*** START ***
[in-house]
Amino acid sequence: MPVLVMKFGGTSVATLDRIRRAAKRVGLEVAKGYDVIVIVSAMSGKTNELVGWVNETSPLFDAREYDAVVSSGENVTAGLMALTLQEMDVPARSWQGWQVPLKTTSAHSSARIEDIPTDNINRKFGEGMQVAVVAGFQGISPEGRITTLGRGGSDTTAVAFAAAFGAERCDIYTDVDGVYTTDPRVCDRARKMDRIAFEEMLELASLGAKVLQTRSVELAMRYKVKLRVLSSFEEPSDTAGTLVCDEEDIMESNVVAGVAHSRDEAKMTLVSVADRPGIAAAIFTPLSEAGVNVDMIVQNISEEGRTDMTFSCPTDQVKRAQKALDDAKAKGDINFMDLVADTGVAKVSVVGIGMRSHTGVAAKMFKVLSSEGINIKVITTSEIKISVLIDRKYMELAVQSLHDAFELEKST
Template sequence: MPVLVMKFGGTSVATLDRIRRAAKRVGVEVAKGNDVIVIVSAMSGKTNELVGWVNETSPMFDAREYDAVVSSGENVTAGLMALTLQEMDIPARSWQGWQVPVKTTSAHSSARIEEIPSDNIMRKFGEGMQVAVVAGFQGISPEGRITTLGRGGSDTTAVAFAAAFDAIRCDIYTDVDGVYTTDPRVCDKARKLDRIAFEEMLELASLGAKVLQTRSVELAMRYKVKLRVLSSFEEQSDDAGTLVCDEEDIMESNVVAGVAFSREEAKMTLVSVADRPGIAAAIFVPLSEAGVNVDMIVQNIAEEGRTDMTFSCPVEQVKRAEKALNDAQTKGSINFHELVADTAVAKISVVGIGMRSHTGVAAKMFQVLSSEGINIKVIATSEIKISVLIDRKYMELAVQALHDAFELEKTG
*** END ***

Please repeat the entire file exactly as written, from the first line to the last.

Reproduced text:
[in-house]
Amino acid sequence: MPVLVMKFGGTSVATLDRIRRAAKRVGLEVAKGYDVIVIVSAMSGKTNELVGWVNETSPLFDAREYDAVVSSGENVTAGLMALTLQEMDVPARSWQGWQVPLKTTSAHSSARIEDIPTDNINRKFGEGMQVAVVAGFQGISPEGRITTLGRGGSDTTAVAFAAAFGAERCDIYTDVDGVYTTDPRVCDRARKMDRIAFEEMLELASLGAKVLQTRSVELAMRYKVKLRVLSSFEEPSDTAGTLVCDEEDIMESNVVAGVAHSRDEAKMTLVSVADRPGIAAAIFTPLSEAGVNVDMIVQNISEEGRTDMTFSCPTDQVKRAQKALDDAKAKGDINFMDLVADTGVAKVSVVGIGMRSHTGVAAKMFKVLSSEGINIKVITTSEIKISVLIDRKYMELAVQSLHDAFELEKST
Template sequence: MPVLVMKFGGTSVATLDRIRRAAKRVGVEVAKGNDVIVIVSAMSGKTNELVGWVNETSPMFDAREYDAVVSSGENVTAGLMALTLQEMDIPARSWQGWQVPVKTTSAHSSARIEEIPSDNIMRKFGEGMQVAVVAGFQGISPEGRITTLGRGGSDTTAVAFAAAFDAIRCDIYTDVDGVYTTDPRVCDKARKLDRIAFEEMLELASLGAKVLQTRSVELAMRYKVKLRVLSSFEEQSDDAGTLVCDEEDIMESNVVAGVAFSREEAKMTLVSVADRPGIAAAIFVPLSEAGVNVDMIVQNIAEEGRTDMTFSCPVEQVKRAEKALNDAQTKGSINFHELVADTAVAKISVVGIGMRSHTGVAAKMFQVLSSEGINIKVIATSEIKISVLIDRKYMELAVQALHDAFELEKTG